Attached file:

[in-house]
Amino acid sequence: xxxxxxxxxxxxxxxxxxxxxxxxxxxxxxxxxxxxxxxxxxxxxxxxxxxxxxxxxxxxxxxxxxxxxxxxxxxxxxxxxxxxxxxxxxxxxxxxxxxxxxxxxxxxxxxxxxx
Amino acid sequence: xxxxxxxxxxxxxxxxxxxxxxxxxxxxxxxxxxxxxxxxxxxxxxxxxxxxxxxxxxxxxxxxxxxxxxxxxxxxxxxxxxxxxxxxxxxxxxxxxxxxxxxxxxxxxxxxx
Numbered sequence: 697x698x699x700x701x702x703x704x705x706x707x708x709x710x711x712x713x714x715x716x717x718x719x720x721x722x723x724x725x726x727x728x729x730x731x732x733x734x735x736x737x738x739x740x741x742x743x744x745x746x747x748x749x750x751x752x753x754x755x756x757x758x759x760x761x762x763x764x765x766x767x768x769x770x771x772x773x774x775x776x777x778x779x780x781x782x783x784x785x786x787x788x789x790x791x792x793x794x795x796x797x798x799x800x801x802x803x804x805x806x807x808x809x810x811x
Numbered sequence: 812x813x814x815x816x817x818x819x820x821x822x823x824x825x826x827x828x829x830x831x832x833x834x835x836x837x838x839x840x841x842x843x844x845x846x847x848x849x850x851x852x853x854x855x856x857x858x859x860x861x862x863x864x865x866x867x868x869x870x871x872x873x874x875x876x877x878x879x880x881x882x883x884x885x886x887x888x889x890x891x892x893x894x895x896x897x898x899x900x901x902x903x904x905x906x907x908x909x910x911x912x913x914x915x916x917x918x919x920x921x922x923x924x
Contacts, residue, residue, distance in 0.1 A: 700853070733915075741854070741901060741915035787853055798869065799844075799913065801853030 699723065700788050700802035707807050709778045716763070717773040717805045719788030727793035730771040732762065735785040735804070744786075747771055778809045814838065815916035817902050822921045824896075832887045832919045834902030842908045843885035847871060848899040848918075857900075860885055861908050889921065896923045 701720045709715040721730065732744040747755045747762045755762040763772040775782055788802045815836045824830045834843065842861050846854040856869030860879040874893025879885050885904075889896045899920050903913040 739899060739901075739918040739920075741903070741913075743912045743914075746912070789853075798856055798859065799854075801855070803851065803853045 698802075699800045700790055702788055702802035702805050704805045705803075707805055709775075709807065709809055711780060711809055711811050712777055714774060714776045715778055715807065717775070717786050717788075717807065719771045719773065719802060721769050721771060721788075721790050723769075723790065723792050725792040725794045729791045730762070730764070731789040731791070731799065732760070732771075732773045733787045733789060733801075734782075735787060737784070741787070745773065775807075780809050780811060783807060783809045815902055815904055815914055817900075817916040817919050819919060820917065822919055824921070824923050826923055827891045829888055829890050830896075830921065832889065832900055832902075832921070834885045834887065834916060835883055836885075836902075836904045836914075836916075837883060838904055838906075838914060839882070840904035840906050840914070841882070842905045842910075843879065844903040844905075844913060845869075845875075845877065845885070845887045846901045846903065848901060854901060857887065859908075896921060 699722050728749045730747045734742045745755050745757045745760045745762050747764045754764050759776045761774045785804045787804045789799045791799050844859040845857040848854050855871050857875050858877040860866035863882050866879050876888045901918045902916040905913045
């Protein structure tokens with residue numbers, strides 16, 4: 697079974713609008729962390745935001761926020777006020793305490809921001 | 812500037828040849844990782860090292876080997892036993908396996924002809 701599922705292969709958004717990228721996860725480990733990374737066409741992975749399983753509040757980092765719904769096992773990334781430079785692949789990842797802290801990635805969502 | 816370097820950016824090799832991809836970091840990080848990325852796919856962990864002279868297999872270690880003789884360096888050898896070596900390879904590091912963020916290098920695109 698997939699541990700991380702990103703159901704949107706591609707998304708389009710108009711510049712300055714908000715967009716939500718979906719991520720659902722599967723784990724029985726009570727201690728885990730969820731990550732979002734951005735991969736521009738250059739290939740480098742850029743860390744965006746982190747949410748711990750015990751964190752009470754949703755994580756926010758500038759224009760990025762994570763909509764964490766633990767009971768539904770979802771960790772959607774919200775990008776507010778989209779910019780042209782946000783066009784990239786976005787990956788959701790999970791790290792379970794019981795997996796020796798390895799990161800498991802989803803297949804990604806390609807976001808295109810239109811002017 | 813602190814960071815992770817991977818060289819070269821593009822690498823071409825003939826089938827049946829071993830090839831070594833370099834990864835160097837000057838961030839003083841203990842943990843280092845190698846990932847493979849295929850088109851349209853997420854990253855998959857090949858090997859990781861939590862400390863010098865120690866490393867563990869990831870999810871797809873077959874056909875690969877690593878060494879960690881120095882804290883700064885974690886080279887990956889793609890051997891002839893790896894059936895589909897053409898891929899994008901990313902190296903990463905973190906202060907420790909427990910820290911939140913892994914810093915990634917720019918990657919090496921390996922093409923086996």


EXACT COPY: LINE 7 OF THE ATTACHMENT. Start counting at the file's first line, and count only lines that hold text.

């Protein structure tokens with residue numbers, strides 16, 4: 697079974713609008729962390745935001761926020777006020793305490809921001 | 812500037828040849844990782860090292876080997892036993908396996924002809 701599922705292969709958004717990228721996860725480990733990374737066409741992975749399983753509040757980092765719904769096992773990334781430079785692949789990842797802290801990635805969502 | 816370097820950016824090799832991809836970091840990080848990325852796919856962990864002279868297999872270690880003789884360096888050898896070596900390879904590091912963020916290098920695109 698997939699541990700991380702990103703159901704949107706591609707998304708389009710108009711510049712300055714908000715967009716939500718979906719991520720659902722599967723784990724029985726009570727201690728885990730969820731990550732979002734951005735991969736521009738250059739290939740480098742850029743860390744965006746982190747949410748711990750015990751964190752009470754949703755994580756926010758500038759224009760990025762994570763909509764964490766633990767009971768539904770979802771960790772959607774919200775990008776507010778989209779910019780042209782946000783066009784990239786976005787990956788959701790999970791790290792379970794019981795997996796020796798390895799990161800498991802989803803297949804990604806390609807976001808295109810239109811002017 | 813602190814960071815992770817991977818060289819070269821593009822690498823071409825003939826089938827049946829071993830090839831070594833370099834990864835160097837000057838961030839003083841203990842943990843280092845190698846990932847493979849295929850088109851349209853997420854990253855998959857090949858090997859990781861939590862400390863010098865120690866490393867563990869990831870999810871797809873077959874056909875690969877690593878060494879960690881120095882804290883700064885974690886080279887990956889793609890051997891002839893790896894059936895589909897053409898891929899994008901990313902190296903990463905973190906202060907420790909427990910820290911939140913892994914810093915990634917720019918990657919090496921390996922093409923086996």